Beautiful Vietnam
Hanoi’s lotus tea-making art
  • | dtinews.vn | July 02, 2016 09:08 AM
 >>  Young Hanoi women enchanted by lotus blossoms

Hanoians make an art of their precious lotus tea. Many people may think the price of VND7 million a kilo is high, but even a glimpse of the production process is enough to prove its value for money.

It takes up to 21 days and 1,200 lotus flowers to make just a kilo.

For a long time, people in old villages near the West Lake in Hanoi have been famous for their lotus tea.

West Lake lotuses stand out from those grown elsewhere in the country thanks to their enormous size and pure, special flagrance.

However, with limited access to these lotus flowers, many of Hanoi’s tea artisans have had no choice but to give up on their long-standing craft, which has been passed down over several generations.


 

During the lotus season, Luu Thi Hien in Quang An Commune, Tay Ho District, often has to wake up at 4 am to pick the lotus flowers. Previously, she used to take the lotuses from areas around West Lake, but in recent years, as the lotus growing area in West Lake lotus has shrunk she has had to search further.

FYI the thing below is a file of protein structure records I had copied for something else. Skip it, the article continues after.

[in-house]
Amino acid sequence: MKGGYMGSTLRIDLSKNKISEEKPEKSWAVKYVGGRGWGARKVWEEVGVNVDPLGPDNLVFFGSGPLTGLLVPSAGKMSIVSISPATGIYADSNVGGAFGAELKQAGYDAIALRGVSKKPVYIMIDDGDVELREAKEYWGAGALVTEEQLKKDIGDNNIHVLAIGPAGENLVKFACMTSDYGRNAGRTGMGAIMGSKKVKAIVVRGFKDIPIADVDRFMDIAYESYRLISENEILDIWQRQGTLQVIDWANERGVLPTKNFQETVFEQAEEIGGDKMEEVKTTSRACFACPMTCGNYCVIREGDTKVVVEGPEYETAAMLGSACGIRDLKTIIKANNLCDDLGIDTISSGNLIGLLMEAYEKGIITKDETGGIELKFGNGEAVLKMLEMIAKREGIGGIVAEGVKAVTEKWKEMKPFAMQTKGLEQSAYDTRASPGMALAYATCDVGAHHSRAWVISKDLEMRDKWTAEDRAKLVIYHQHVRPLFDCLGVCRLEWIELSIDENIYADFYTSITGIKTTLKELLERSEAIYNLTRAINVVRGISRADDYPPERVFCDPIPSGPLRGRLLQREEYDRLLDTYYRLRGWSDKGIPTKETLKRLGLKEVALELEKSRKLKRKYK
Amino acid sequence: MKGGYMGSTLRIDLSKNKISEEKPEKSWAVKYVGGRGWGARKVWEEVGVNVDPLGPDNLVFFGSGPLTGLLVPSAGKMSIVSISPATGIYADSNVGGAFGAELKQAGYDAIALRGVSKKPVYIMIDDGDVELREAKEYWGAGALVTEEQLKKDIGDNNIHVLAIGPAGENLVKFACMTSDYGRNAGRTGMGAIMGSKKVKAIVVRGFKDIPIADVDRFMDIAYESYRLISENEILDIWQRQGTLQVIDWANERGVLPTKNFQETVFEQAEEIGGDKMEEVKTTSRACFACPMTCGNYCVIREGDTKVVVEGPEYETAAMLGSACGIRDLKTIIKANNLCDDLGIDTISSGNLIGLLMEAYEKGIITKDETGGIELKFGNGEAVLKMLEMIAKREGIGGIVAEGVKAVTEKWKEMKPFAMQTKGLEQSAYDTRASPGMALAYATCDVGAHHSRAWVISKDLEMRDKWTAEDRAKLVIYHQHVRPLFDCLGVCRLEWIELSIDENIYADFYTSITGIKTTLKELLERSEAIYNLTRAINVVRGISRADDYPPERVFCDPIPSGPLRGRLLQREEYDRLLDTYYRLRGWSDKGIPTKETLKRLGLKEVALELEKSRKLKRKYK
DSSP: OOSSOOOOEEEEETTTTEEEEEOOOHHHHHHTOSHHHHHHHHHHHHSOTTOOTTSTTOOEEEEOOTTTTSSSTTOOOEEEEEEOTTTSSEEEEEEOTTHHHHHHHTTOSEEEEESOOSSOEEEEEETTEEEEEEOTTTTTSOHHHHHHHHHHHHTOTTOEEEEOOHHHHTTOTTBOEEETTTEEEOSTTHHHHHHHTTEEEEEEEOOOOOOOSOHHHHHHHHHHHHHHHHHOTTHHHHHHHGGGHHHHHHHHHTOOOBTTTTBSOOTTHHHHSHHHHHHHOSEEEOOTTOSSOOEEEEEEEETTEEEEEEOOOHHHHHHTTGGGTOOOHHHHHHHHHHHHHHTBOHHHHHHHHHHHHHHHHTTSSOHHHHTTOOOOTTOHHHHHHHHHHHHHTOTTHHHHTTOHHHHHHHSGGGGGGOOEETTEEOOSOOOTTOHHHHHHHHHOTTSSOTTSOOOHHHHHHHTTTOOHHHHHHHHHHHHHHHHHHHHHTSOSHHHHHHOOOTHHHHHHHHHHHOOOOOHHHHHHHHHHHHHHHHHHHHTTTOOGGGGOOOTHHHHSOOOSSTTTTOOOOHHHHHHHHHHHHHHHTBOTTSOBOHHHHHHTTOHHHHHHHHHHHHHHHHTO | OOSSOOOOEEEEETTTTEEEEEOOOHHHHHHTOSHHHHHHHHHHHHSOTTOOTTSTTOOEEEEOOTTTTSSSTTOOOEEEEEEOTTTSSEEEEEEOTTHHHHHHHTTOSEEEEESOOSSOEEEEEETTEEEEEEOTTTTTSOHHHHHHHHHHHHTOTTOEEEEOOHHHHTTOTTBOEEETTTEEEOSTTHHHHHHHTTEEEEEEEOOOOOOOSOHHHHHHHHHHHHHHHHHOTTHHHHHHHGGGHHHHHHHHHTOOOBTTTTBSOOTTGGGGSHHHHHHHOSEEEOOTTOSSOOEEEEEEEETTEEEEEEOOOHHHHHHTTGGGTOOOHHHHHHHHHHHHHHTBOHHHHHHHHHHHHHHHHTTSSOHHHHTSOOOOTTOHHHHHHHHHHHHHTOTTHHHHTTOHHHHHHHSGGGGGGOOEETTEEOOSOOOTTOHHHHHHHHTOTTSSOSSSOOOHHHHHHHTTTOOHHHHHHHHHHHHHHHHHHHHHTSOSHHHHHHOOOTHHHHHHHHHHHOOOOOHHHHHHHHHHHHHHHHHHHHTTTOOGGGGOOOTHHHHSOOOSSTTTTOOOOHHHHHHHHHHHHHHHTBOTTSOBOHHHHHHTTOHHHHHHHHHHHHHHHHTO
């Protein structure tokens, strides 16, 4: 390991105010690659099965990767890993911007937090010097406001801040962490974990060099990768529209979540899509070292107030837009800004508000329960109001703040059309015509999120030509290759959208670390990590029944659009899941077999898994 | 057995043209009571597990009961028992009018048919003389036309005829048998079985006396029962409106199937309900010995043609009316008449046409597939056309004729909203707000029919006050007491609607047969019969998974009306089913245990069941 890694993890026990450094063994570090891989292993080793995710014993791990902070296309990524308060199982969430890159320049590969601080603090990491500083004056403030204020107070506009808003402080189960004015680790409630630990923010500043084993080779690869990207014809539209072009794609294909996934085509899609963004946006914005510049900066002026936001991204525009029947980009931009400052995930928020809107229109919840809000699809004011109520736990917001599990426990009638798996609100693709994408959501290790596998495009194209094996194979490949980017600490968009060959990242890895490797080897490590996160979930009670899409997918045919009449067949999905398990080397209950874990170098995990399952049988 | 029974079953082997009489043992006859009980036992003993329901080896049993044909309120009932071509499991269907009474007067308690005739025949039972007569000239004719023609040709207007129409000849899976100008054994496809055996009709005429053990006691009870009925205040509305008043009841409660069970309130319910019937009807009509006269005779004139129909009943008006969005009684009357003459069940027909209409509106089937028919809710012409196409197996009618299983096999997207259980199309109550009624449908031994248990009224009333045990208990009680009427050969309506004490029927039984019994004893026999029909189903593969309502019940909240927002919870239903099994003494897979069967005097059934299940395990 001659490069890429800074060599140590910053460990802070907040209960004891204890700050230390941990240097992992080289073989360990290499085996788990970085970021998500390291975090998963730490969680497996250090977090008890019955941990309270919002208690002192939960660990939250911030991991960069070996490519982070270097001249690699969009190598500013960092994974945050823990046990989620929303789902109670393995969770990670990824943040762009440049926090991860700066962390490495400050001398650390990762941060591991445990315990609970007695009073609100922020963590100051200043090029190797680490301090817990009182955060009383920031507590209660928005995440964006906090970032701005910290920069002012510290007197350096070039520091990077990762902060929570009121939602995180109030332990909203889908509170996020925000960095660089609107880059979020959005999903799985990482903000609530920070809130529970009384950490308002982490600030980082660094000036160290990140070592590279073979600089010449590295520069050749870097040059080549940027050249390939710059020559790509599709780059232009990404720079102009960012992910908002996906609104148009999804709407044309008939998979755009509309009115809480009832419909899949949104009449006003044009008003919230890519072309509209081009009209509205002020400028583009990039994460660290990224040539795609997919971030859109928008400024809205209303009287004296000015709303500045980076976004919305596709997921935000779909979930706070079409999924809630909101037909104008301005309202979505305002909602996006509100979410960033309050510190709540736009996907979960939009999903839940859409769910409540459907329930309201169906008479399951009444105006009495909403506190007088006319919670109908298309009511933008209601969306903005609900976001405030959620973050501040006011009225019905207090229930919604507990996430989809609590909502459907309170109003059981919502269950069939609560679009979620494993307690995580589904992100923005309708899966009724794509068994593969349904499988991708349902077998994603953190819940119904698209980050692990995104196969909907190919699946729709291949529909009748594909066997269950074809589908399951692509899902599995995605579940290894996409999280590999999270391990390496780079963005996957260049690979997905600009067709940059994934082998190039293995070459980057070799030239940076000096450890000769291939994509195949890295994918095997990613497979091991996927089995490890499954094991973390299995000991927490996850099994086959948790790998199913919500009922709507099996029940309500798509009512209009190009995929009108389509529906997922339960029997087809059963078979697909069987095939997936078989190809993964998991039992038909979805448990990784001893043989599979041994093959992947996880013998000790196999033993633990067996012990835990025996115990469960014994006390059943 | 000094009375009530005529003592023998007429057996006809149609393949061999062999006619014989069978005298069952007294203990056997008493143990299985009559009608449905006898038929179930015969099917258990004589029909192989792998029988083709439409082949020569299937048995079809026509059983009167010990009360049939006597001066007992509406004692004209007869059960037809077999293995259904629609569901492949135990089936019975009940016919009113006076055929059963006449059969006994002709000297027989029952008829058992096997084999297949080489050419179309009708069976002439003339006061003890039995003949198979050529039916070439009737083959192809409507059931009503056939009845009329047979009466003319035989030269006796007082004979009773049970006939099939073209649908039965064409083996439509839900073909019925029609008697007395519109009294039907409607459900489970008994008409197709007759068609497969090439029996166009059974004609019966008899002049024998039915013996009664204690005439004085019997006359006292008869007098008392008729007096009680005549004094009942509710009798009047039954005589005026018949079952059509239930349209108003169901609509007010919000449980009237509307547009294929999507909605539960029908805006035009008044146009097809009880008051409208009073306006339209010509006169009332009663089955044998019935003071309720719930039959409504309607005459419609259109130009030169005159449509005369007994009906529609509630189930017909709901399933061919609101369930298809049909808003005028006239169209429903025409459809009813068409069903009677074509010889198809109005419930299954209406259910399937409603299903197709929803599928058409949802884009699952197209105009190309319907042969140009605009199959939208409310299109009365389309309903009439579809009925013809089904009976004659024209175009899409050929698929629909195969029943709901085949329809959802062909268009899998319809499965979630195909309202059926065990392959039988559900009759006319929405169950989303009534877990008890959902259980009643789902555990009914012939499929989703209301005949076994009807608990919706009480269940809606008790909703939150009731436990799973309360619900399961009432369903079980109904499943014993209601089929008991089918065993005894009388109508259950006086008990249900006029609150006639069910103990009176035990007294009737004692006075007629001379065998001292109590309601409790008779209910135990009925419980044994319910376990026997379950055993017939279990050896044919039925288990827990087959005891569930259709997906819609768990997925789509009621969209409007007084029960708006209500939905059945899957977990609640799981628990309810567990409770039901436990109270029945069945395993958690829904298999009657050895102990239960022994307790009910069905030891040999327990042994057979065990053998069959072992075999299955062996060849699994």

The lotus sellers can make more profits by keeping the lotus flowers in the lake and charging people who want to take photographs at the photogenic ponds. Hien and her husband had to hire a pond in Tu Liem District to grow the famous Bach Diep lotus.

 

 

 

 

Hien said that lotuses should be picked early in the morning so that their scent can best be kept.

 

After being picked, the lotus flowers are kept in small tent set up on a bank to preserve their scent.

 

Hien said that making lotus tea requires patience and delicate skills. Most of people she hires for the tea production have ample experience.

 

 


First, the lotus stamen is separated and cleaned to be used for scenting tea 


A layer of tea and a thin layer of lotus stamen are staggered and then wrapped in moisture-proof paper or in lotus leaves in order to keep both the flavours of the tea and the lotus stamen.


After three days, the mixture of tea and lotus stamen is separated and the process is repeated seven times. A batch of lotus tea is completed after 20 days. The preserved tea is later dried with a special kind of coal and stir-fried to retain the lotus aroma for as long as possible.


 


 

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